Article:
As shown by countless pieces of media, Mars is a red hellhole where humanity’s hubris and inability to get along are only magnified by unbreathable air, brutal weather, and crushing isolation. Humans can barely make it work on Earth, the blue hellhole. Fort Solis is a narrative-focused adventure that once again makes those shortcomings clear through its intimate story and condensed cast. And while it crumbles at the end, its performances and impressive presentation make it one of the genre’s better thrillers.
Fort Solis sits adjacent to the Telltale Games style of adventure games, but with one key difference: There are no dialogue choices or big splintering paths. It is initially disappointing and perhaps an avenue Fallen Leaf should pursue in the future, but this highly directed experience succeeds because of its exploration and character building.
Players are quickly dropped into the titular Fort Solis and, after picking up a few keycards, given the freedom to wander its desolate halls. Its atrium is as inviting as it is deserted and uses that mystery to encourage players to look into what happened. Preying on the player’s natural curiosity is what makes pilfering through audio logs, video logs, and emails actually worth engaging in since they’re going to offer answers in a way the dead can’t.
Emails and audio logs are brief, easy to digest, and either flesh out the world or succinctly glue the other bigger scenes together. The video logs, while usually a little longer, are animated well and humanize the cast by giving facetime to them. An errant odd movement or two doesn’t detract from how well these monologues evoke the distress and emotion of the subject. They say what doesn’t need to be said through small twitches or eye movements and are a big reason why its cast resonates as much as it does. Having only audio logs or emails likely wouldn’t have been as effective. Keeping it all in order can be tricky, but the main menu lists out every collectible chronologically to make the dots easier to connect.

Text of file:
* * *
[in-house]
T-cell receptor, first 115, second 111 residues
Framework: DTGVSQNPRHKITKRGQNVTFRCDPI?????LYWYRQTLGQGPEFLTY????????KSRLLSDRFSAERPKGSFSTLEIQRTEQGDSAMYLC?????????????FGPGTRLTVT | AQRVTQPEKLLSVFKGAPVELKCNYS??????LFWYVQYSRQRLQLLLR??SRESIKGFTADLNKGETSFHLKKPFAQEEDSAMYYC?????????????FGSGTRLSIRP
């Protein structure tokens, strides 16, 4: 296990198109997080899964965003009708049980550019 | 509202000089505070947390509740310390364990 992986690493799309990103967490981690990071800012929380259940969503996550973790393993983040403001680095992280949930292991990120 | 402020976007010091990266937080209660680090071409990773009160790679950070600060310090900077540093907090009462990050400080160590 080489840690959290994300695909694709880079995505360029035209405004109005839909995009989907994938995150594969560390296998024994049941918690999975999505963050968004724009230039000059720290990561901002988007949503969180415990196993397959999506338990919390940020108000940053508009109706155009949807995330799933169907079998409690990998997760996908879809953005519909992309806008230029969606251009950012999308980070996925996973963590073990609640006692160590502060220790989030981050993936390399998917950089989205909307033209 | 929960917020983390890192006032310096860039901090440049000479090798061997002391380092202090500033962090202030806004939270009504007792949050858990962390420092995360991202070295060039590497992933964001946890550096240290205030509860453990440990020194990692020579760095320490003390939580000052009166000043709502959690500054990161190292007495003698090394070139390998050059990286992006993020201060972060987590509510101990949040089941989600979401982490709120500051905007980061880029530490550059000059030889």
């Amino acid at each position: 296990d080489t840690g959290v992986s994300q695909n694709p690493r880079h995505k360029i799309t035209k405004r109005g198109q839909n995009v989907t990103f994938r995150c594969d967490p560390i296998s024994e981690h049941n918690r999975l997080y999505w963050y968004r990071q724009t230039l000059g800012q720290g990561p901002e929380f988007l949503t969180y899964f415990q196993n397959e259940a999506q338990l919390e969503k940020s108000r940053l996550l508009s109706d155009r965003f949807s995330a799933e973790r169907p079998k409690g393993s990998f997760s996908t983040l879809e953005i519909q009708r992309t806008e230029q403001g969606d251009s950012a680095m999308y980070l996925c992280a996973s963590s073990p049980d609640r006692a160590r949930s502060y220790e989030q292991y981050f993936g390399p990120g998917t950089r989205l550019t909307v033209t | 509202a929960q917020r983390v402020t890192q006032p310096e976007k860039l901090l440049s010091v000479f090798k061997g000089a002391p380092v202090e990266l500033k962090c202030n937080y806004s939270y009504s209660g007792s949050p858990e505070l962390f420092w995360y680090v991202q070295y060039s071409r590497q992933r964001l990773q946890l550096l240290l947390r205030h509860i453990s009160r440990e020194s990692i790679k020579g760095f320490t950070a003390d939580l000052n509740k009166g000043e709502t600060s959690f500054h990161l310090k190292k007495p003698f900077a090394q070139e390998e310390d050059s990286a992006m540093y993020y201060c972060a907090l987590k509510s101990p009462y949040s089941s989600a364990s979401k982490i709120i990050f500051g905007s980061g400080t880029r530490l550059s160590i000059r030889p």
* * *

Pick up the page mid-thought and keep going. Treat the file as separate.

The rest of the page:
Walking around and tracking down these notes is rarely a worthwhile part of these kinds of games. Some — Fort Solis included — have very deliberate movement speeds or, in Supermassive Games’ case, awkward controls. Fort Solis avoids that pitfall through its harrowing audio design and spectacular visuals that makes these sections additive to the whole experience.
It’s not an outright horror game, but Fallen Leaf Studio and Black Drakkar Games play with the inherent creepiness of an abandoned space outpost to great effect through the soundtrack. It adds a consistent layer of unease that reflects the horrors that happened there without bombastic screeching or audio stingers. A Xenomorph isn’t going to pop out of a nearby vent, but the ambient tunes make it feel like that could happen at any time. That constant tension makes it a more effective thriller.
Fort Solis is also detailed enough to be worth trekking around. Impressive lighting and stunning textures make Fort Solis more immersive, but its visual splendor isn’t the only reason why Fort Solis is a compelling space. Seeing how these characters lived and worked by walking through and investigating each wing makes it all more tangible. Being shown Fort Solis mostly through cutscenes would not have the same effect.